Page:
World Cerebral Palsy Day

Every year, the 6th of October is celebrated as the World Cerebral Palsy Day. On this day around 75 countries across the globe try and spread awareness about Cerebral Palsy as a condition that many people are living with every day. 

It is a movement of people with cerebral palsy, their families and organizations that support them. The aim of this movement is to fight for and ensure equal rights, equal opportunities and access for children and adults with cerebral palsy like anyone else in this society.

Cerebral Palsy is a very common condition among people all around the world. It is a group of disorders that affect the general movement and balance of a person. It is the most common motor disability that affects most people in their childhood. 

When the word cerebral palsy is broken down it means two things, Cerebral means anything to do with the brain and palsy means weakness or problems with using the muscles. Cerebral Palsy is caused because of damage to the brain or an abnormal brain development that ultimately affects a person’s ability to control their muscles.


The signs and symptoms can vary from person to person. The coordination and movement problems associated with cerebral palsy include:

  • Variations in muscle tone, such as being either too stiff or too floppy.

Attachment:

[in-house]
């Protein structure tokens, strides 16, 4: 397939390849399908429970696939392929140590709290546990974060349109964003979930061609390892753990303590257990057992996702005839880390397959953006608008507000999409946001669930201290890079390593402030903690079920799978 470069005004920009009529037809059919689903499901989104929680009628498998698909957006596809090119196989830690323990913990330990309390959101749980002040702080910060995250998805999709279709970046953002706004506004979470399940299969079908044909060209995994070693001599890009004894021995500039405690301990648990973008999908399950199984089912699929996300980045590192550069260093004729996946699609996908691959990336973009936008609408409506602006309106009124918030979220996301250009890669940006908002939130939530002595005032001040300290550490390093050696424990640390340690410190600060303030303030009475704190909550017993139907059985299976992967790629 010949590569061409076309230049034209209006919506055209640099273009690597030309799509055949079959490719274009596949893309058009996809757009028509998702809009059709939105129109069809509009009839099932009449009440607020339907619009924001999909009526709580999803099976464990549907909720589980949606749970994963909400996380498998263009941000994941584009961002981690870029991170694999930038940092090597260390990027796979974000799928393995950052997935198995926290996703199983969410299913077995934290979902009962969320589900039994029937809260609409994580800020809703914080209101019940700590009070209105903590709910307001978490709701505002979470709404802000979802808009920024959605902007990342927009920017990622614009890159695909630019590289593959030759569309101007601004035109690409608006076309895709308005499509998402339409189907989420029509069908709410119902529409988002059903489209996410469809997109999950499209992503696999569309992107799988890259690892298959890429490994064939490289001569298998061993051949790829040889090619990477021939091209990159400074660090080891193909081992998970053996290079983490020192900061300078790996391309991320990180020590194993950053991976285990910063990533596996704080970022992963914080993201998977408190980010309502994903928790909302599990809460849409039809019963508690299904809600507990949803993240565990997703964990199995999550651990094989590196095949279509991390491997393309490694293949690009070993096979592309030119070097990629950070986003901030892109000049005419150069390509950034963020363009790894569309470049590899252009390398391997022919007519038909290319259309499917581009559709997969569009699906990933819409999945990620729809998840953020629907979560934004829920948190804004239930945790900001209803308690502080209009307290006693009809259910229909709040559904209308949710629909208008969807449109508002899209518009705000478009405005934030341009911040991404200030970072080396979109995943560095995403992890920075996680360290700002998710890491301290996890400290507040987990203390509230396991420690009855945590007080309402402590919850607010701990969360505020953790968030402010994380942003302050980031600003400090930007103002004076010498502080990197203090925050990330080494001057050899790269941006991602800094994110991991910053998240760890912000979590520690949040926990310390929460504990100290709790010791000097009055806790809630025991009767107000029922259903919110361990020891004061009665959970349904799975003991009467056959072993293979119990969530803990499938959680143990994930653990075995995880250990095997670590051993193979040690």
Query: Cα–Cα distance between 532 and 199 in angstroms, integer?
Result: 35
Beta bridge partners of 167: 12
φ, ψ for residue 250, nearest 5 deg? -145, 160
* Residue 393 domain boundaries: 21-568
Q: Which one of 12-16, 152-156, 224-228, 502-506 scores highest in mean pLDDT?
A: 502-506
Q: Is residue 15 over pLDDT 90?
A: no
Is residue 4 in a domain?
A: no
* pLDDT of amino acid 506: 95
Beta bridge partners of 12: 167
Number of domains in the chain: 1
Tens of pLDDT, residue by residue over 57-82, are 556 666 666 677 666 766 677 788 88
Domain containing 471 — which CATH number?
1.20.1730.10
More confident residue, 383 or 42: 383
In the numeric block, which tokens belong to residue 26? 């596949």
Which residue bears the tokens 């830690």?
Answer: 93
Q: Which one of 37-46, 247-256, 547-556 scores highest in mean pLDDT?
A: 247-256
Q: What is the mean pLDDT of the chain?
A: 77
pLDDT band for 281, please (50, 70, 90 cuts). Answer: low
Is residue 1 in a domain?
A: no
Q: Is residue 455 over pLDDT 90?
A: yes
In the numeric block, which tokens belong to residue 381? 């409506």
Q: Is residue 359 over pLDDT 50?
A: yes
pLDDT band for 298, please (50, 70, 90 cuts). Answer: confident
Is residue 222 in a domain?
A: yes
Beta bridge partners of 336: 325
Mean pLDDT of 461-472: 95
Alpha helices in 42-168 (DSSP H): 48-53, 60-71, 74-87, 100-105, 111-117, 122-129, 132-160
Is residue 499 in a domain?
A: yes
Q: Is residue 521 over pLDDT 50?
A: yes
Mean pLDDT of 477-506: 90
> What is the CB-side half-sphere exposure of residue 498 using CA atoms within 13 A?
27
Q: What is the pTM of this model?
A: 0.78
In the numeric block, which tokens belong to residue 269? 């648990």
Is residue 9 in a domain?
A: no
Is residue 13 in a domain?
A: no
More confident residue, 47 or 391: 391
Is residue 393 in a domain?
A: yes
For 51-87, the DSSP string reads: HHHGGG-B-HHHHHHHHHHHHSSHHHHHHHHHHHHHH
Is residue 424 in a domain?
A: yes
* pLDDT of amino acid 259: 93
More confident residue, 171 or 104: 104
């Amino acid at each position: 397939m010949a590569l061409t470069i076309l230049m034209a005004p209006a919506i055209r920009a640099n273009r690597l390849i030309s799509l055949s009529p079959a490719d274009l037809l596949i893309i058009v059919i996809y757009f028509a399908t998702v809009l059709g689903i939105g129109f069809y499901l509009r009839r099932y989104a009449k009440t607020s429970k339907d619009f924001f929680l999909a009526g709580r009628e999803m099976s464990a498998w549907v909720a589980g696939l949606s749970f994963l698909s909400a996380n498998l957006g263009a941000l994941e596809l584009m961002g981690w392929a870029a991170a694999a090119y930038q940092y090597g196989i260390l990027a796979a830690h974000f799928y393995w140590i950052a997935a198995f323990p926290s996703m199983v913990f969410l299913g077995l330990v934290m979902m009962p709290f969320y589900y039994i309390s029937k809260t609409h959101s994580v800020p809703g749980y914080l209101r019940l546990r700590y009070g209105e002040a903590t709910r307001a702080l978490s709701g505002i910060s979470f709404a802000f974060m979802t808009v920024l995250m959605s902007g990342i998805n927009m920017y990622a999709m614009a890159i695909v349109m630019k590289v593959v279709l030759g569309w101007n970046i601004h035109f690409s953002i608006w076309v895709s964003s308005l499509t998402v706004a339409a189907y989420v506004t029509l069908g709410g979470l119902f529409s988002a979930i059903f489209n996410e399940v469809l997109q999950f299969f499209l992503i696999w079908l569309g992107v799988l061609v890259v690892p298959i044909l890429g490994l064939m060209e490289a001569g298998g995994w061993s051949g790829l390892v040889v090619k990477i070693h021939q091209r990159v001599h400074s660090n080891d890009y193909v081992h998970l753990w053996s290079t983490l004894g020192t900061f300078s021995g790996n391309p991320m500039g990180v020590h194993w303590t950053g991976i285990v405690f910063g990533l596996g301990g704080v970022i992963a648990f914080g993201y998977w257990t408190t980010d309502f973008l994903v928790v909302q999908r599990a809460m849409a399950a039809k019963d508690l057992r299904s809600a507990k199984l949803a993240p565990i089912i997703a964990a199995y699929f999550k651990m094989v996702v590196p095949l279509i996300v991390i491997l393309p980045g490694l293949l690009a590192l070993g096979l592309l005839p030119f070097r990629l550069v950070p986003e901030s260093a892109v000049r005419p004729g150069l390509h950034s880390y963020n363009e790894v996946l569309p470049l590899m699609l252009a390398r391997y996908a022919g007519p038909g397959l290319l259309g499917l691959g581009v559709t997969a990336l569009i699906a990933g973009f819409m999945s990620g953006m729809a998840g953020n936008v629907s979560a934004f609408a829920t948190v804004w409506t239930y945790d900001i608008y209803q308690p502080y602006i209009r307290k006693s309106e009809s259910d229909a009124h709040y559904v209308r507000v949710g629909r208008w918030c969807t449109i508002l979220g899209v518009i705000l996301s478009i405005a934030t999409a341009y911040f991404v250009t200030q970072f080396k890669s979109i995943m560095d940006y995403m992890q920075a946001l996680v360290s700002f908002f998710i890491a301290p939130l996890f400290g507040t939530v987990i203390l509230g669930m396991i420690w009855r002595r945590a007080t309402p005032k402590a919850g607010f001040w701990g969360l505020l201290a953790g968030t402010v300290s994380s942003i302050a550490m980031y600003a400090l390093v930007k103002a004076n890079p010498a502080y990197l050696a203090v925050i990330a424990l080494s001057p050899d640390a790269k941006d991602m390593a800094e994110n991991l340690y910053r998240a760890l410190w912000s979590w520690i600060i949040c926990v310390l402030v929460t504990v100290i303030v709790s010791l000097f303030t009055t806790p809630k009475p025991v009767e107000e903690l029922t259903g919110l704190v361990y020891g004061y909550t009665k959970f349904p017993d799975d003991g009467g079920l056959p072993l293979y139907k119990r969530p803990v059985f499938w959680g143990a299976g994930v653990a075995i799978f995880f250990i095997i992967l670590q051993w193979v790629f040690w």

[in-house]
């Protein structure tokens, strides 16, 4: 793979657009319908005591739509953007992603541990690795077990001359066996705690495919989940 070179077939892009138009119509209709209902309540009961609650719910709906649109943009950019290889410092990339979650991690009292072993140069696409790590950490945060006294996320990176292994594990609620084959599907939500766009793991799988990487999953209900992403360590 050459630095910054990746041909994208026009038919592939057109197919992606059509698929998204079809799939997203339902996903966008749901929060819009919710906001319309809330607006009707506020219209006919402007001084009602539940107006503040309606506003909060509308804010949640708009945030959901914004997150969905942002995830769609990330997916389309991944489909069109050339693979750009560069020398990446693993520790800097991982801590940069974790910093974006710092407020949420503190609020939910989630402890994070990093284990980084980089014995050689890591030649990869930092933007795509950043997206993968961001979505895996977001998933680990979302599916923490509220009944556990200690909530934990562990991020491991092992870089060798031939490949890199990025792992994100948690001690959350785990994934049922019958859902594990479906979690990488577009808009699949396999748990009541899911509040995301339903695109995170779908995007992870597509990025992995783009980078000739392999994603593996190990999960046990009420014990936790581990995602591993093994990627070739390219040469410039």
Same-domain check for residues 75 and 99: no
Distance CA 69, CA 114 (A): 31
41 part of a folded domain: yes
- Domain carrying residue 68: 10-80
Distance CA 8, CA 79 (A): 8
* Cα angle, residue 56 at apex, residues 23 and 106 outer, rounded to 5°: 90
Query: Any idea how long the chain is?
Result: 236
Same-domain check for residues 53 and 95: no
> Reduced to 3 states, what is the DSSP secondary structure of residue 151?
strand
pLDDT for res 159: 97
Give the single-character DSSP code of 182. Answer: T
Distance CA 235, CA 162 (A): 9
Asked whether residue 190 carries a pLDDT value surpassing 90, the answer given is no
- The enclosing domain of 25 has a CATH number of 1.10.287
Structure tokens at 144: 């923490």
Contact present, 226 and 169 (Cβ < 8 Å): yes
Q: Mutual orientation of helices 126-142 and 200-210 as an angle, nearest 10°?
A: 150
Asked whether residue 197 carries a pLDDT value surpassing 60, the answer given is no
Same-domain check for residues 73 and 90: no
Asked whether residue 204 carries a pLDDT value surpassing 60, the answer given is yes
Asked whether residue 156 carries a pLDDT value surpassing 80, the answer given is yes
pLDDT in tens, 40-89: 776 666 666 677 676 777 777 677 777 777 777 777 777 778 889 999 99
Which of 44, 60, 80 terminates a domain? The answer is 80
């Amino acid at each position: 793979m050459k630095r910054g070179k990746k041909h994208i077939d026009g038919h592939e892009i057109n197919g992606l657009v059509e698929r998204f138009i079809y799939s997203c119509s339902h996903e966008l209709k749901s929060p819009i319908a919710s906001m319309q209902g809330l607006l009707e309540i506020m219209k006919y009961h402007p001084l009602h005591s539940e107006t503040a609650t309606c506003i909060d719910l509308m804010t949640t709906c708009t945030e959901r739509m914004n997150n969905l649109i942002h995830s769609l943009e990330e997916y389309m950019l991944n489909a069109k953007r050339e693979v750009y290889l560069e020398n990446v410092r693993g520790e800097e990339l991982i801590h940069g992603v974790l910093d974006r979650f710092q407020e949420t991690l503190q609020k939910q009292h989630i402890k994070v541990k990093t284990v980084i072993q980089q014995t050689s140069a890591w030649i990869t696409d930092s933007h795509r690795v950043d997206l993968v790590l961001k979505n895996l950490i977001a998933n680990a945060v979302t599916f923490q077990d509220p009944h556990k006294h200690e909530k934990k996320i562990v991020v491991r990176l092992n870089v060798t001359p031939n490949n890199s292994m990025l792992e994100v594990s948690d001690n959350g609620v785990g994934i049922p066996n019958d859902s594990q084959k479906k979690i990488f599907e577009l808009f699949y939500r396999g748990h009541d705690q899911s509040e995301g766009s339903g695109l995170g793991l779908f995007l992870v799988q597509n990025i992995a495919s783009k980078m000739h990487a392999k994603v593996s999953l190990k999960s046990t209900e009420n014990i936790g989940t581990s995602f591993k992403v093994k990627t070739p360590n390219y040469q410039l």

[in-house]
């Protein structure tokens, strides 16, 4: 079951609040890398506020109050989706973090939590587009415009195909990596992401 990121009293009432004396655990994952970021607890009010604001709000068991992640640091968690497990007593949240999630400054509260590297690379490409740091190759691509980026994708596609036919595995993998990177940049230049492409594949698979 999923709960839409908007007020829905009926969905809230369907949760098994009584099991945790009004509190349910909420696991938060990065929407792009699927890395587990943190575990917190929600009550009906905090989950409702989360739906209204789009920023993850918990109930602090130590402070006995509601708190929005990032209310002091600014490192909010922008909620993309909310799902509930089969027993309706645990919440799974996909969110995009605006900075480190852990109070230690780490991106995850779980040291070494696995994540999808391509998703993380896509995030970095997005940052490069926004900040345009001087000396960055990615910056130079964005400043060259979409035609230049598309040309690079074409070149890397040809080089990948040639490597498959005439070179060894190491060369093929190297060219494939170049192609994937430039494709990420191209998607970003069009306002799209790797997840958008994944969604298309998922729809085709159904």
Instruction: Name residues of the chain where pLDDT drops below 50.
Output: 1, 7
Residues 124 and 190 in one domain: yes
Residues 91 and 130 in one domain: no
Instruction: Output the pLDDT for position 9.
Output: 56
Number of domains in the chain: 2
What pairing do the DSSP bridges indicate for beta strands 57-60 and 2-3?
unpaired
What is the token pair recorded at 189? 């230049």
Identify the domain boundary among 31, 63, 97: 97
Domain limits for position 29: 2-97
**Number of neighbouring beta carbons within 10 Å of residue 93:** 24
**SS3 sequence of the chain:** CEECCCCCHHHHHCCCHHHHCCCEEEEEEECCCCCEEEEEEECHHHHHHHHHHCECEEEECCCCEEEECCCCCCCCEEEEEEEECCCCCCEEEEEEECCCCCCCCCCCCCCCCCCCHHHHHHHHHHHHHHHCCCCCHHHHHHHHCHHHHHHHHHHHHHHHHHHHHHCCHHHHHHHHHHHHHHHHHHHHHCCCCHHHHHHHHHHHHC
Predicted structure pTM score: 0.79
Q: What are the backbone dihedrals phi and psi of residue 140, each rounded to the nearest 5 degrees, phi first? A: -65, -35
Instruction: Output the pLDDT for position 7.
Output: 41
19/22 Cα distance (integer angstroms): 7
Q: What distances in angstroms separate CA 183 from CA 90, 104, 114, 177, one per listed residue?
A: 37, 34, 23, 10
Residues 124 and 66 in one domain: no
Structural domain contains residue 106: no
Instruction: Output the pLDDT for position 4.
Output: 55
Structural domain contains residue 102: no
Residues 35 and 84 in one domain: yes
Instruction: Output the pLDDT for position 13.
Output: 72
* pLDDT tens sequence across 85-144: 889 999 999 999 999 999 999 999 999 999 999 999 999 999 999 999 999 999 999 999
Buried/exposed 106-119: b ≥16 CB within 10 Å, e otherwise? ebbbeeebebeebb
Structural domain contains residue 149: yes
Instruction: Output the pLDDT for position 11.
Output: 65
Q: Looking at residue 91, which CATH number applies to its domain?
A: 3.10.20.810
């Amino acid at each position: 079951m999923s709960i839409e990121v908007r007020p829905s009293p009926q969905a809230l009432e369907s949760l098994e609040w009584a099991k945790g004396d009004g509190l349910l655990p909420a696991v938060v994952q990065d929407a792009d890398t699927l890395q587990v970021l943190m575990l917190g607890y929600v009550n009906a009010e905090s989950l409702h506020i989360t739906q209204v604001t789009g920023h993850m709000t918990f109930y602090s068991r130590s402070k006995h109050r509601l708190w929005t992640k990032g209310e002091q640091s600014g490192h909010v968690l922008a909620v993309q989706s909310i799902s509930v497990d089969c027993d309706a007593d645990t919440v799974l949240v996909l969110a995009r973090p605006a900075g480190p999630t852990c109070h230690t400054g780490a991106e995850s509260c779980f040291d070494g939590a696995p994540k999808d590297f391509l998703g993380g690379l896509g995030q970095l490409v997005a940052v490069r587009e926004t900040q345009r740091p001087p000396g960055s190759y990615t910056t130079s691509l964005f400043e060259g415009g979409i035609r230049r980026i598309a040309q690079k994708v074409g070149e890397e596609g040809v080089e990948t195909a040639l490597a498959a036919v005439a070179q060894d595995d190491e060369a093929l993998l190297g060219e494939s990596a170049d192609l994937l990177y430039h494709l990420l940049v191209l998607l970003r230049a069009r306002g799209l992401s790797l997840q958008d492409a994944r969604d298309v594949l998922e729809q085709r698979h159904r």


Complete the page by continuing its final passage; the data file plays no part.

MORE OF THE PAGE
• Slow, writhing movements.
  • Lack of balance and muscle coordination. (ataxia)
  • Stiff muscles and exaggerated reflexes. (spasticity)
  • Difficulty with sucking or eating
  • Difficulty walking, such as walking on toes, a crouched gait, a scissors-like gait with knees crossing, a wide gait or an asymmetrical gait.
  • Stiff muscles with normal reflexes. (rigidity)

Also Read: Common Mistakes Made While Following A Ketogenic Diet

  • Tremors or involuntary movements
  • Delays in speech development or difficulty speaking
  • Delays in reaching motor skills milestones, such as pushing up on arms, sitting up or crawling
  • Favoring one side of the body, such as reaching with one hand or dragging a leg while crawling
  • Excessive drooling or problems with swallowing
  • Learning difficulties
  • Difficulty with fine motor skills, such as buttoning clothes or picking up utensils
  • Seizures

Cerebral palsy may or may not affect the whole body. The effects of cerebral palsy can be limited just to one limb or only on one side of the body. The disorder that causes cerebral palsy does not really change with time, hence the symptoms do not worsen with age.

According to the World Cerebral Palsy Day Organization, there are 17 million people across the world living with cerebral palsy. Another 350 million people are closely connected to a child or adult with CP. 

It is the most common physical disability in childhood. CP is a permanent disability that affects movement. Its impact can range from a weakness in one hand to almost a complete lack of voluntary movement.

It is a complex disability:

  • 1 in 4 children with CP cannot talk
  • 1 in 4 cannot walk
  • 1 in 2 have an intellectual disability
  • 1 in 4 have epilepsy.

Cerebral Palsy is a lifelong disability and there is no known cure.


Tags: Cerebral Palsy Treatment, Cerebral Palsy Causes, Cerebral Palsy Types, Cerebral Palsy Symptoms

Photo of author

Jim Carson

Jim Carson is the writer for the mental health section of He is certified in clinical mental health counselling and has conducted cognitive behaviour therapy for war veterans struggling with PTSD. Professionally and personally, Jim is an astute observer of human behaviour that reflects well in his work.